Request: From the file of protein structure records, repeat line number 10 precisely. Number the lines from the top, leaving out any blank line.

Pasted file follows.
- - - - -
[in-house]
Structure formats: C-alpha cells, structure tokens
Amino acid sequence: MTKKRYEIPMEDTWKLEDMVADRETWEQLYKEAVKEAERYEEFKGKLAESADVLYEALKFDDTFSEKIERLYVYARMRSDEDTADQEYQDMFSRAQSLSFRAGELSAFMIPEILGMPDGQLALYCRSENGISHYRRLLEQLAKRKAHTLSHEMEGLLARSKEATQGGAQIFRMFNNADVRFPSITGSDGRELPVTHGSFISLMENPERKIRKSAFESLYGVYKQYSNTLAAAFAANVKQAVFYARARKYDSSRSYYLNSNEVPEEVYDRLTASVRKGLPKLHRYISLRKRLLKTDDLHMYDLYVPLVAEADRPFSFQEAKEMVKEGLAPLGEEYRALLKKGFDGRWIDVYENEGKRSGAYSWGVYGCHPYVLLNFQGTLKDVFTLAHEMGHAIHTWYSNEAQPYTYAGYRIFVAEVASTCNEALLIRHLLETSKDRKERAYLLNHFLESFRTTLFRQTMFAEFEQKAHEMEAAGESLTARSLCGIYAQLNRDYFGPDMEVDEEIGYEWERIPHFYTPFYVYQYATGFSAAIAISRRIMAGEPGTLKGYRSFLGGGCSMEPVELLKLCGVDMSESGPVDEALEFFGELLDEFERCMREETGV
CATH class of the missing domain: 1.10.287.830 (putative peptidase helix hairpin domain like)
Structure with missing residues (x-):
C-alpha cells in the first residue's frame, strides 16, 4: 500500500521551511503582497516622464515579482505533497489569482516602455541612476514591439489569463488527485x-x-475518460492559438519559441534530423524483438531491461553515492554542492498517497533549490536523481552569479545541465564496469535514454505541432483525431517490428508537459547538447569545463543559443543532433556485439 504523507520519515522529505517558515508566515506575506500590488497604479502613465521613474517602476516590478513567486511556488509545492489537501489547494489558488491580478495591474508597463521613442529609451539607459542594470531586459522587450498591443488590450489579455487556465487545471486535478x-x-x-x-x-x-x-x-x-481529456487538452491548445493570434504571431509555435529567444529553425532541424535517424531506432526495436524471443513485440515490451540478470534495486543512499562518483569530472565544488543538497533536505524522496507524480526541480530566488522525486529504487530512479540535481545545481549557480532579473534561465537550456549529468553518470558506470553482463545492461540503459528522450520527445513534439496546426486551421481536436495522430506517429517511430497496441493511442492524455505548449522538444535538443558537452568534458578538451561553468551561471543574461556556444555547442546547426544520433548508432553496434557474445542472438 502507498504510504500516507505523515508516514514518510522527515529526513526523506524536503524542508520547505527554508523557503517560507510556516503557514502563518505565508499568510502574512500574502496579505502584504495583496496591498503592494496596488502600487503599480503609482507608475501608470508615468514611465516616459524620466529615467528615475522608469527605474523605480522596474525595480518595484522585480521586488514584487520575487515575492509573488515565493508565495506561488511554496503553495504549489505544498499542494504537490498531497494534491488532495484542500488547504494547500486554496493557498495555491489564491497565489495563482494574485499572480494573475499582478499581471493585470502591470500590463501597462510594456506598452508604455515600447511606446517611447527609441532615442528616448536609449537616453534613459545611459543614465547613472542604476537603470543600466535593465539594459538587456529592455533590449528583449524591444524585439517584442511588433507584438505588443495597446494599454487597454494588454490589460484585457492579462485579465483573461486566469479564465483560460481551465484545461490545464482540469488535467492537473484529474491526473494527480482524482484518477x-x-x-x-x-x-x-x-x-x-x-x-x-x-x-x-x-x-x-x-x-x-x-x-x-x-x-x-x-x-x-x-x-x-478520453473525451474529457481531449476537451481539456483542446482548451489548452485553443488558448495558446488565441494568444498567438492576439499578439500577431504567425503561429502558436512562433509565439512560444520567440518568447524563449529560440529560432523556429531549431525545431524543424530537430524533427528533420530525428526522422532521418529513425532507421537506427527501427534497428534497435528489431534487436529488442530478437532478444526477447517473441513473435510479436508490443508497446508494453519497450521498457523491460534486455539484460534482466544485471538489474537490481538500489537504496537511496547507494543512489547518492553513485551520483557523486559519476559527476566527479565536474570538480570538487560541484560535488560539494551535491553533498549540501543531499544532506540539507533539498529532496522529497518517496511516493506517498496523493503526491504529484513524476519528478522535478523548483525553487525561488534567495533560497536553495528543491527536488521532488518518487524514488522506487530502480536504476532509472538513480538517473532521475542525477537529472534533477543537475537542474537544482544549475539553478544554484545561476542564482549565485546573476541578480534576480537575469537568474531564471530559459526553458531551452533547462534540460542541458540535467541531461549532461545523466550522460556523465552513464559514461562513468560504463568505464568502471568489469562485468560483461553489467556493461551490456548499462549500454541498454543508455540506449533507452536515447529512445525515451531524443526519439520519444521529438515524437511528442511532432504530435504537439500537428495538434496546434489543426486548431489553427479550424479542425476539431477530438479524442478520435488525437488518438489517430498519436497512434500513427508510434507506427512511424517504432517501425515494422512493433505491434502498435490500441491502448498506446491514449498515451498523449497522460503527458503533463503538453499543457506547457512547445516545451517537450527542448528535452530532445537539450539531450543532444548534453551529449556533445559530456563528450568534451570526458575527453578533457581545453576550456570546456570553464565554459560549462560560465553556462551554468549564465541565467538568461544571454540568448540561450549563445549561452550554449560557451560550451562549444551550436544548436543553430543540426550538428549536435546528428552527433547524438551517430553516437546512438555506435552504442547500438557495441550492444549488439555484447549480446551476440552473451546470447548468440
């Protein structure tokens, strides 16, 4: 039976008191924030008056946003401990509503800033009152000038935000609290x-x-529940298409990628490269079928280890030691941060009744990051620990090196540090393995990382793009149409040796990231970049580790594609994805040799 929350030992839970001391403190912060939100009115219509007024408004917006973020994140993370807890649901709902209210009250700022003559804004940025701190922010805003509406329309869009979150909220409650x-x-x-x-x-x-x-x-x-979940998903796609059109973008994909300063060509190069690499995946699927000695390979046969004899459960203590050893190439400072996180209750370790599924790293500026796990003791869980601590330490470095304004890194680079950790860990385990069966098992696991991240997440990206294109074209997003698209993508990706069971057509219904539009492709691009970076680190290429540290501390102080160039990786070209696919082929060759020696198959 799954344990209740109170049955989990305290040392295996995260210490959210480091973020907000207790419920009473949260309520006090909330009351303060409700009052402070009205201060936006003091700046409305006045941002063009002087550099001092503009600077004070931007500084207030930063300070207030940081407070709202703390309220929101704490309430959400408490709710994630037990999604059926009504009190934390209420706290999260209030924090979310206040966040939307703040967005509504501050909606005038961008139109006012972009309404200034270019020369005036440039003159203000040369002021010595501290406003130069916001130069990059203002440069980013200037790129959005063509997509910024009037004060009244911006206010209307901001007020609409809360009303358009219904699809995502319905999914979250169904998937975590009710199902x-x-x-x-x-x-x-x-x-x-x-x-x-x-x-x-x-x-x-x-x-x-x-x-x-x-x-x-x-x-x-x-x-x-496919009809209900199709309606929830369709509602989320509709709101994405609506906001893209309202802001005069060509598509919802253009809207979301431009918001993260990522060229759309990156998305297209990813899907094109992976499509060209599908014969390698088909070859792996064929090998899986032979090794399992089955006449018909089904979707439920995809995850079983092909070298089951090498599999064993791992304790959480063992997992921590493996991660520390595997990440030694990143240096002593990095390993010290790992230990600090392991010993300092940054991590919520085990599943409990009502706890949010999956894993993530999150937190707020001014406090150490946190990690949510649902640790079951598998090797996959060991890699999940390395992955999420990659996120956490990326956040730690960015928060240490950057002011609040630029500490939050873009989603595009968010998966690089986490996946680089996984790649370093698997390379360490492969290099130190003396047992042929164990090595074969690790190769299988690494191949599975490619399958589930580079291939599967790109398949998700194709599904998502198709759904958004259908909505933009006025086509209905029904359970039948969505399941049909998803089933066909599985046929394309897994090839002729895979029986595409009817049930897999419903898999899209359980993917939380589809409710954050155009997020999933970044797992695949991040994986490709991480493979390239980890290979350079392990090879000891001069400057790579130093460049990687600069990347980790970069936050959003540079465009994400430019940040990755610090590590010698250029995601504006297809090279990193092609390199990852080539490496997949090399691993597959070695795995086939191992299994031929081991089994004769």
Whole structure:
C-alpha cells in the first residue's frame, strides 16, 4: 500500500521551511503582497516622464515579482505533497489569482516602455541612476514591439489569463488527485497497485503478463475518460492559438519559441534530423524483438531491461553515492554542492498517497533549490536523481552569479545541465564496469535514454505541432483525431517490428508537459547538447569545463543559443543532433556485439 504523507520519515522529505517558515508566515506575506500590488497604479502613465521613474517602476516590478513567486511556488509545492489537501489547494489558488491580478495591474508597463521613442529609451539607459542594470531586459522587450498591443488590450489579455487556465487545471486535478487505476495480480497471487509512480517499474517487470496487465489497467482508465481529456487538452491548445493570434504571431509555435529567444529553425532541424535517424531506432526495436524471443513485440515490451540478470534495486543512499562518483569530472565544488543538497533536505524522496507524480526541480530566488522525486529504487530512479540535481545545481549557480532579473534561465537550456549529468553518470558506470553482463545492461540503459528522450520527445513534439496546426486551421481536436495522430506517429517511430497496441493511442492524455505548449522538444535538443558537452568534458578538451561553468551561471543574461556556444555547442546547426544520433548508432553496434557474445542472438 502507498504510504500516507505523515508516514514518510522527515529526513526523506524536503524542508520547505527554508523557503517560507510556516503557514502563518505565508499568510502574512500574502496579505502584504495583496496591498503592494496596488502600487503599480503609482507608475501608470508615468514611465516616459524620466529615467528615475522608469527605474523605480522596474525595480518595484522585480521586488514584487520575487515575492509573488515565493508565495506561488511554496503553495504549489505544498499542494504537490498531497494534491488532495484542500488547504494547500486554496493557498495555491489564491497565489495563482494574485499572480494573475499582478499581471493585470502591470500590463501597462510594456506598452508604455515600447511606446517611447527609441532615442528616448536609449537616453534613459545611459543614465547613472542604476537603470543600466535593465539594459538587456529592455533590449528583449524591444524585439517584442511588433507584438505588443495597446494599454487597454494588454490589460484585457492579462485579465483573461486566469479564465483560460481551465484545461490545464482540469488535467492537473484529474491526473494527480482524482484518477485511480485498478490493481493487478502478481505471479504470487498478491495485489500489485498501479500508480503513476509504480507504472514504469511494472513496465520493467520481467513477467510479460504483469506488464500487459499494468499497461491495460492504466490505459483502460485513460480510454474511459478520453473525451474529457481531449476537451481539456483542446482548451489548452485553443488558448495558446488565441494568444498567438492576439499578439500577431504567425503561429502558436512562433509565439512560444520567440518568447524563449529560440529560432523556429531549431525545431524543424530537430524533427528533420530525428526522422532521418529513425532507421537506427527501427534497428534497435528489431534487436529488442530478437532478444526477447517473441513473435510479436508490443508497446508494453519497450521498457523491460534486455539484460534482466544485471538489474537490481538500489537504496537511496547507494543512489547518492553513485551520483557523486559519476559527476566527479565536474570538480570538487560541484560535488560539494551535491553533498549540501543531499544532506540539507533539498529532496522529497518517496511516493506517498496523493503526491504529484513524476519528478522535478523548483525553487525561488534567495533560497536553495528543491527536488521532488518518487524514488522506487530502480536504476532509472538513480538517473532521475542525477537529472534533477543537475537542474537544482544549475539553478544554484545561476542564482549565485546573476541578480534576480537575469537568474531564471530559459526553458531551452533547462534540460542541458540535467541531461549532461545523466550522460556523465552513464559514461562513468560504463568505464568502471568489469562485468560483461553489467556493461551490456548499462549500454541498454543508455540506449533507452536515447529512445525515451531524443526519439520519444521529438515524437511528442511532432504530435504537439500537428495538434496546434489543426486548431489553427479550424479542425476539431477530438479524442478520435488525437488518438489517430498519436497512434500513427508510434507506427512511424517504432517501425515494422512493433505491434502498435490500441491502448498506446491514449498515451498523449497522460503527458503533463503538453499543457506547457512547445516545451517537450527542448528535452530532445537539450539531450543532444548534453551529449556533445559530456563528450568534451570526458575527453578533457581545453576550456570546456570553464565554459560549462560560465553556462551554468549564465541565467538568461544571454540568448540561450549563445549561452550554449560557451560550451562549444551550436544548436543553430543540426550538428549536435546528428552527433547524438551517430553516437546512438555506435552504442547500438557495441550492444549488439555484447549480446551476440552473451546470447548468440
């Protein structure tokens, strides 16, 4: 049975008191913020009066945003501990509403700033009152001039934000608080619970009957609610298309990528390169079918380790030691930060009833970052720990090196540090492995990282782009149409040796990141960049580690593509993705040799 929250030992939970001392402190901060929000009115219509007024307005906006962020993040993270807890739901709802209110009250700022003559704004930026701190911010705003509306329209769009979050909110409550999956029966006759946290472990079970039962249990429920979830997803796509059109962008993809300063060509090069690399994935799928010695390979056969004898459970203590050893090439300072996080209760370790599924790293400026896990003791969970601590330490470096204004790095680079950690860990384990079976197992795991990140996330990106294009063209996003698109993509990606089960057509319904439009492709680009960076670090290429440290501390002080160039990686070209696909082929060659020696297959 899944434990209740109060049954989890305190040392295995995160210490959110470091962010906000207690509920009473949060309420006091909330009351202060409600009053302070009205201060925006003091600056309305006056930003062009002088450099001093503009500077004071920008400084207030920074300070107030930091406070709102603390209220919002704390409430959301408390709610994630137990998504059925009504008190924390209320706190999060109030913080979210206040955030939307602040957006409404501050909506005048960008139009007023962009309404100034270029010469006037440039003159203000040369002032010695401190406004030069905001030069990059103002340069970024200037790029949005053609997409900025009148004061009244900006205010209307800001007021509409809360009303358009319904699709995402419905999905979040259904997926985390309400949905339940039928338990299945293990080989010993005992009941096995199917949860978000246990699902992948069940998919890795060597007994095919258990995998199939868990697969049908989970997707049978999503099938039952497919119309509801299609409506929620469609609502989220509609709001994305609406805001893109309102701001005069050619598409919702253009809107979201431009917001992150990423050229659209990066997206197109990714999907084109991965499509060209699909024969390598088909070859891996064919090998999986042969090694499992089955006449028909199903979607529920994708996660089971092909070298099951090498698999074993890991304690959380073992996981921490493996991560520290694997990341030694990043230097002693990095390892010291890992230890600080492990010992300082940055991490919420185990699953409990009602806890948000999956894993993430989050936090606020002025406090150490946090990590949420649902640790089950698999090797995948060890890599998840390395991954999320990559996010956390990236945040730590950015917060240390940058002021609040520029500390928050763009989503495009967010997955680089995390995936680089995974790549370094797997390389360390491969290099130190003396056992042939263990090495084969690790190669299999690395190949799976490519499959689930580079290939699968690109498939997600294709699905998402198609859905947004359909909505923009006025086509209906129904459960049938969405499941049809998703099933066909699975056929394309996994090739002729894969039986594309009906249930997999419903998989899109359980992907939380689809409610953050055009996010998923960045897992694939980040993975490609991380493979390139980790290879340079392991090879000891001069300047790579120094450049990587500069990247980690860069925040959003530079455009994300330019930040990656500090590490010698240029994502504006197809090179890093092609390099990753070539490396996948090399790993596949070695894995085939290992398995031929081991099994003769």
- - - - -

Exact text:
């Protein structure tokens, strides 16, 4: 049975008191913020009066945003501990509403700033009152001039934000608080619970009957609610298309990528390169079918380790030691930060009833970052720990090196540090492995990282782009149409040796990141960049580690593509993705040799 929250030992939970001392402190901060929000009115219509007024307005906006962020993040993270807890739901709802209110009250700022003559704004930026701190911010705003509306329209769009979050909110409550999956029966006759946290472990079970039962249990429920979830997803796509059109962008993809300063060509090069690399994935799928010695390979056969004898459970203590050893090439300072996080209760370790599924790293400026896990003791969970601590330490470096204004790095680079950690860990384990079976197992795991990140996330990106294009063209996003698109993509990606089960057509319904439009492709680009960076670090290429440290501390002080160039990686070209696909082929060659020696297959 899944434990209740109060049954989890305190040392295995995160210490959110470091962010906000207690509920009473949060309420006091909330009351202060409600009053302070009205201060925006003091600056309305006056930003062009002088450099001093503009500077004071920008400084207030920074300070107030930091406070709102603390209220919002704390409430959301408390709610994630137990998504059925009504008190924390209320706190999060109030913080979210206040955030939307602040957006409404501050909506005048960008139009007023962009309404100034270029010469006037440039003159203000040369002032010695401190406004030069905001030069990059103002340069970024200037790029949005053609997409900025009148004061009244900006205010209307800001007021509409809360009303358009319904699709995402419905999905979040259904997926985390309400949905339940039928338990299945293990080989010993005992009941096995199917949860978000246990699902992948069940998919890795060597007994095919258990995998199939868990697969049908989970997707049978999503099938039952497919119309509801299609409506929620469609609502989220509609709001994305609406805001893109309102701001005069050619598409919702253009809107979201431009917001992150990423050229659209990066997206197109990714999907084109991965499509060209699909024969390598088909070859891996064919090998999986042969090694499992089955006449028909199903979607529920994708996660089971092909070298099951090498698999074993890991304690959380073992996981921490493996991560520290694997990341030694990043230097002693990095390892010291890992230890600080492990010992300082940055991490919420185990699953409990009602806890948000999956894993993430989050936090606020002025406090150490946090990590949420649902640790089950698999090797995948060890890599998840390395991954999320990559996010956390990236945040730590950015917060240390940058002021609040520029500390928050763009989503495009967010997955680089995390995936680089995974790549370094797997390389360390491969290099130190003396056992042939263990090495084969690790190669299999690395190949799976490519499959689930580079290939699968690109498939997600294709699905998402198609859905947004359909909505923009006025086509209906129904459960049938969405499941049809998703099933066909699975056929394309996994090739002729894969039986594309009906249930997999419903998989899109359980992907939380689809409610953050055009996010998923960045897992694939980040993975490609991380493979390139980790290879340079392991090879000891001069300047790579120094450049990587500069990247980690860069925040959003530079455009994300330019930040990656500090590490010698240029994502504006197809090179890093092609390099990753070539490396996948090399790993596949070695894995085939290992398995031929081991099994003769």